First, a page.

Potential Safety Issue With OneSolar Inverters

OneSolar inverters

A solar inverter of One Solar International Pty Ltd,  Power Qube model PQ3000, has failed testing for compliance with AS4777-2  and presents potential safety issues says the Clean Energy Council.

In a bulletin released late yesterday afternoon, the CEC said the inverter failed the passive anti-islanding test, the harmonic distortion test and stated there were “other issues”, without going into further detail on those.

The CEC says the inverter may not shut down under some grid fault conditions and may potentially damage other equipment.

As it isn’t practical for the CEC to test all OneSolar inverters, it sees the result of its PQ3000 testing as indicative of the company’s other models until proven otherwise. All inverters from the company will be de-listed from the Approved Products List from 21 June 2018.

However, the CEC notes:

“.. inverters listed under the name “The Trustee for One Solar Unit Trust trading as One Solar International” are not affected by this de-listing as they are manufactured by a different supplier.”

The Clean Energy Council Approved Products List currently shows ten One Solar International Pty Ltd models that will de-listed, with all model numbers prefaced with “PQ”.

While the de-listing won’t occur until later this month, the Clean Energy Council advises installers with stock of One Solar International Pty Ltd’s inverters to not install the units. In cases where the inverters have been installed,  the supplier should be contacted and installers should await advice from the manufacturer or electrical safety authorities regarding the appropriate action to take. At the time of publishing, no advice has been forthcoming from either.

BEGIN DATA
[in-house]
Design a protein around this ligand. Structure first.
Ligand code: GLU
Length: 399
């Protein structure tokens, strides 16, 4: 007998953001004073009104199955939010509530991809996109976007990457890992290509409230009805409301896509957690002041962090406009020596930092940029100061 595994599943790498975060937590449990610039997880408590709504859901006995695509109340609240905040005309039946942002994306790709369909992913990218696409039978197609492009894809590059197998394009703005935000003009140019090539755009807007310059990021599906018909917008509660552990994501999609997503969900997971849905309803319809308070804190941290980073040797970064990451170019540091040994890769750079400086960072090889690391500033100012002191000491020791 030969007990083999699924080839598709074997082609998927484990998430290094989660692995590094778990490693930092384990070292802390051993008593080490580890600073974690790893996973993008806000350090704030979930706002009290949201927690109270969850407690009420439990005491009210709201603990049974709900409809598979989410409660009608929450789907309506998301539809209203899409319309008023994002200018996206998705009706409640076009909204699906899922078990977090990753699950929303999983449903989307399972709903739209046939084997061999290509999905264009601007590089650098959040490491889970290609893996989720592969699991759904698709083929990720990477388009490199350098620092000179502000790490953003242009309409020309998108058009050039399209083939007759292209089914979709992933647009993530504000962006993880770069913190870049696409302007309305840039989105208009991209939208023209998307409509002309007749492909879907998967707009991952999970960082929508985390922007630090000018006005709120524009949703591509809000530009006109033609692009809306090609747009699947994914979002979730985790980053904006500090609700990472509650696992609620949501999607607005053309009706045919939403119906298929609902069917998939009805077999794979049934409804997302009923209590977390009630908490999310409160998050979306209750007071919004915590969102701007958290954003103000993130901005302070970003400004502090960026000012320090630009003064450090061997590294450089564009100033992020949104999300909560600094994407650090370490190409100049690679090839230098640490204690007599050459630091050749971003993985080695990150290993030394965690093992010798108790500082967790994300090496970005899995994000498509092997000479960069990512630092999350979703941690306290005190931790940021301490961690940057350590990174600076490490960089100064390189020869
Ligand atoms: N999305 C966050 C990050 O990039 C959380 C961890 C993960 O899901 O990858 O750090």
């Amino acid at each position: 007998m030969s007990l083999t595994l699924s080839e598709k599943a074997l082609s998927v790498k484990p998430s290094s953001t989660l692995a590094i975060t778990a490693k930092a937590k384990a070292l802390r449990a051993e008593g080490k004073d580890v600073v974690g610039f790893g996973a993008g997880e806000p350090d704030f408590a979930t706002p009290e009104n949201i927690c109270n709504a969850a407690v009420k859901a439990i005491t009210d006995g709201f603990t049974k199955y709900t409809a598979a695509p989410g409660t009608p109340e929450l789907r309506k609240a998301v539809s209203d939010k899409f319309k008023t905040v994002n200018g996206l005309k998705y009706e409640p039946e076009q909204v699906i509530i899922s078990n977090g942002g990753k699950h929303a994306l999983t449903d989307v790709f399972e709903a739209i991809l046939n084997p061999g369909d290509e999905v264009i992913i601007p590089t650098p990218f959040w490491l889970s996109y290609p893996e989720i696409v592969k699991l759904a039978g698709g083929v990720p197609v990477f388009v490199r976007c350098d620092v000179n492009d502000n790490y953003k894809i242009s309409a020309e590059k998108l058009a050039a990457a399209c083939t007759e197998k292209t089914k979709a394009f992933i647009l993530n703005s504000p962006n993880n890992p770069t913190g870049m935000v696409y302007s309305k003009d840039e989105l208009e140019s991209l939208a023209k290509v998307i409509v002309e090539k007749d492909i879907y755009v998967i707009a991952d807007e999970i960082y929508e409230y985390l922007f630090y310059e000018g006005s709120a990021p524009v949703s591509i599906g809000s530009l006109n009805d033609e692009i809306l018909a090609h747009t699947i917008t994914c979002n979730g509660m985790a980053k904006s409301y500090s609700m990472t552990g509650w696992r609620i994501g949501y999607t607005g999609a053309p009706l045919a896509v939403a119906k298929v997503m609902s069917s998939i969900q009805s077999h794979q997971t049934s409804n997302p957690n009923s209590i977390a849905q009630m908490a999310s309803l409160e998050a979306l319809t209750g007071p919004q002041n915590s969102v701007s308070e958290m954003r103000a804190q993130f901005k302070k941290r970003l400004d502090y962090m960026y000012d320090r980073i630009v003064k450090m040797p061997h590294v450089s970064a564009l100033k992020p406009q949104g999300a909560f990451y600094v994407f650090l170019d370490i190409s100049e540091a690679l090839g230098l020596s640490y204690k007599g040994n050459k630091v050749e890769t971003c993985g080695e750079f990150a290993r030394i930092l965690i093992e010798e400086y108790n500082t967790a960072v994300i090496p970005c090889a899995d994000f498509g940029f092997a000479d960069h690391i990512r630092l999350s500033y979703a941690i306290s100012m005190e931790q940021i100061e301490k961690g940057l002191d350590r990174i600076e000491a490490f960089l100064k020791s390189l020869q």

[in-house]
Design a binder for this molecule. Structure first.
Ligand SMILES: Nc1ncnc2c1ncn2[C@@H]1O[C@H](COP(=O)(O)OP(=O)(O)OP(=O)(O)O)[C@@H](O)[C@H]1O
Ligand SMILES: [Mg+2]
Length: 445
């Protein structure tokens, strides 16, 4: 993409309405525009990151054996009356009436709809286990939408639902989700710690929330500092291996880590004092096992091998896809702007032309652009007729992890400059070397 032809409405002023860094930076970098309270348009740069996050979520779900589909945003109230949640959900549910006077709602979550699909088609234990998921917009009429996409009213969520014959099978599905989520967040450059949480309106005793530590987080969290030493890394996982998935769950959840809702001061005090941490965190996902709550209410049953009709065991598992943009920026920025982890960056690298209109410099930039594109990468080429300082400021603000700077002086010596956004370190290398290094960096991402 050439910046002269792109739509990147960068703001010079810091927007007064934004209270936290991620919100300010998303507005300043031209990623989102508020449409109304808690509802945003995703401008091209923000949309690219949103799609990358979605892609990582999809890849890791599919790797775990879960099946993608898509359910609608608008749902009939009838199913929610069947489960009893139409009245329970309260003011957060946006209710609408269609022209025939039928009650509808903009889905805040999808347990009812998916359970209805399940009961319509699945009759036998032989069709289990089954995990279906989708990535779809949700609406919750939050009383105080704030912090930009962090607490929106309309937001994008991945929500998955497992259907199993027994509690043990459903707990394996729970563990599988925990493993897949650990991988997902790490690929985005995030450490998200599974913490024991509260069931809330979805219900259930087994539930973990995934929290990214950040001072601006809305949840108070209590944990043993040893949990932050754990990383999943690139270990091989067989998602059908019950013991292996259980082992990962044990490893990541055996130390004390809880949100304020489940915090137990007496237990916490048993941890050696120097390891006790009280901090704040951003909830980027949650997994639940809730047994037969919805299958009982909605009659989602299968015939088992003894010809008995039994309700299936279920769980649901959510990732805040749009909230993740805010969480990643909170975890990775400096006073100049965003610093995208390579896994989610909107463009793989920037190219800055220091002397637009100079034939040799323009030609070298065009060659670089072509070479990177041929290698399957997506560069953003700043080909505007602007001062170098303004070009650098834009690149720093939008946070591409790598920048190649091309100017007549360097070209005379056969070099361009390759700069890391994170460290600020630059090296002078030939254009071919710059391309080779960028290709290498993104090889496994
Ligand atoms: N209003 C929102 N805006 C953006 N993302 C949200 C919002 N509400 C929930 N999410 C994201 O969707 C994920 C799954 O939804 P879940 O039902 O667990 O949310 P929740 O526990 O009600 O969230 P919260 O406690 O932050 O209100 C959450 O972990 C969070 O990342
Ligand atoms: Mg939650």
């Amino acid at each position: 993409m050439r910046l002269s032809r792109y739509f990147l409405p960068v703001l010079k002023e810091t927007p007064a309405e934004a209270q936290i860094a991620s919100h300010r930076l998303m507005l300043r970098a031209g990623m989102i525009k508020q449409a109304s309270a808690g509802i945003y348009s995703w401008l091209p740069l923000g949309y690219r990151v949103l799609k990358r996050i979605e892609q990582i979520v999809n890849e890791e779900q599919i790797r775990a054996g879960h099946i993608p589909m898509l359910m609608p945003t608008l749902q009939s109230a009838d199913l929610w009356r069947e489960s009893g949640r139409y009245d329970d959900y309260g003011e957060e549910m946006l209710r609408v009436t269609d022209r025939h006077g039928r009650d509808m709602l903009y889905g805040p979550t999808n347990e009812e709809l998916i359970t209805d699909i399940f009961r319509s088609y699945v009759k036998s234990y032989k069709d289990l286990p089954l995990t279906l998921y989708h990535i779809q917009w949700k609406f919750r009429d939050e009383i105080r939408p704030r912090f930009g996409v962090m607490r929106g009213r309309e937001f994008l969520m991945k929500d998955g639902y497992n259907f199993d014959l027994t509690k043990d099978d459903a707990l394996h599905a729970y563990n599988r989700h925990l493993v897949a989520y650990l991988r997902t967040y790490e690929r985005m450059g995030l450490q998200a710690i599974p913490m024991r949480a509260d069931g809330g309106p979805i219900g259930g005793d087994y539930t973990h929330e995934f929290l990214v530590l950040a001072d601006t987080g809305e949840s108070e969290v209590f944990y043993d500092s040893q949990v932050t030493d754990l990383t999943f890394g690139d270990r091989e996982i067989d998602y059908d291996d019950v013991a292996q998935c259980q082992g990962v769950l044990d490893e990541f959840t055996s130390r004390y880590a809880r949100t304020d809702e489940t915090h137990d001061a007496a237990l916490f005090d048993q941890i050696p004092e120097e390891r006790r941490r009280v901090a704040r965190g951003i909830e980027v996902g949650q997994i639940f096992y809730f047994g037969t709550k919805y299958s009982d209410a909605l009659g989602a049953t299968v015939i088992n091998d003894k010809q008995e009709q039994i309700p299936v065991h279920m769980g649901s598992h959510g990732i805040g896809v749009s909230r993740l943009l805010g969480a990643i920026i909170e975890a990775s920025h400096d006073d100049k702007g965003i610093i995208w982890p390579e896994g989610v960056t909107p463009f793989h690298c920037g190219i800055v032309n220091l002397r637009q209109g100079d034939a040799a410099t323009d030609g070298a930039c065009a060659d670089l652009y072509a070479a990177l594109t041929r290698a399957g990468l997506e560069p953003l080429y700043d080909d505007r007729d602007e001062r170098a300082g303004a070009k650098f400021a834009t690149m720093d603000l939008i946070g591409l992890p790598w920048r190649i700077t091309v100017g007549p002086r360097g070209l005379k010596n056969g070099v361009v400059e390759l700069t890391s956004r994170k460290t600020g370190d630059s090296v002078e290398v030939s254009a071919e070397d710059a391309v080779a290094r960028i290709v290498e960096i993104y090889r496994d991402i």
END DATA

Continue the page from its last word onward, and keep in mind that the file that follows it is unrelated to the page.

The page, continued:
One Solar International Pty Ltd, which also supplies solar panels under the OneSolar brand name, came to the attention of SolarQuotes blogger Ronald last year – and he was not impressed with what he discovered.

Last night’s bulletin from the CEC follows an announcement from the body earlier this week stating recent re-testing it performed on an inverter from another brand,  JingFuYuan Tech Co Ltd (JFY), resulted in another failure. All JFY inverters were originally de-listed from the Approved Products List on March 2, 2018.

Solar panels and inverters must be listed on the CEC’s Approved Products List at the time of installation in order to qualify for Australia’s major solar subsidy.

A solar inverter is a critical component of a PV system, and not something that should be skimped on in order to save money. As with solar panels, it’s best to stick with a trusted brand.